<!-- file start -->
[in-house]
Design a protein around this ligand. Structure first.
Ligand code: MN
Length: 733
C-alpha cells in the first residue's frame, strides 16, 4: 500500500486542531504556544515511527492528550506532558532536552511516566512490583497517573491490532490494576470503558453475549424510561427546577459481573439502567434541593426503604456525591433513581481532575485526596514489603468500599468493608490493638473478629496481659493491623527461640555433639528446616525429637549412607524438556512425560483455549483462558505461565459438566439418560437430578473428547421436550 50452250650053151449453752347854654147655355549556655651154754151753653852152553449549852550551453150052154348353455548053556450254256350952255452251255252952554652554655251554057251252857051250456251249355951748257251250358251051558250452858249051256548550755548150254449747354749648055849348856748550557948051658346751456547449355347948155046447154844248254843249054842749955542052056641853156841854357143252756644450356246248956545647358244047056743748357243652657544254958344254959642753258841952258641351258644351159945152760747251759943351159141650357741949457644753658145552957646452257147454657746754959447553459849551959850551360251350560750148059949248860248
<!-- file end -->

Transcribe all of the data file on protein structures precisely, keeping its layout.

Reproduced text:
[in-house]
Design a protein around this ligand. Structure first.
Ligand code: MN
Length: 733
C-alpha cells in the first residue's frame, strides 16, 4: 500500500486542531504556544515511527492528550506532558532536552511516566512490583497517573491490532490494576470503558453475549424510561427546577459481573439502567434541593426503604456525591433513581481532575485526596514489603468500599468493608490493638473478629496481659493491623527461640555433639528446616525429637549412607524438556512425560483455549483462558505461565459438566439418560437430578473428547421436550 50452250650053151449453752347854654147655355549556655651154754151753653852152553449549852550551453150052154348353455548053556450254256350952255452251255252952554652554655251554057251252857051250456251249355951748257251250358251051558250452858249051256548550755548150254449747354749648055849348856748550557948051658346751456547449355347948155046447154844248254843249054842749955542052056641853156841854357143252756644450356246248956545647358244047056743748357243652657544254958344254959642753258841952258641351258644351159945152760747251759943351159141650357741949457644753658145552957646452257147454657746754959447553459849551959850551360251350560750148059949248860248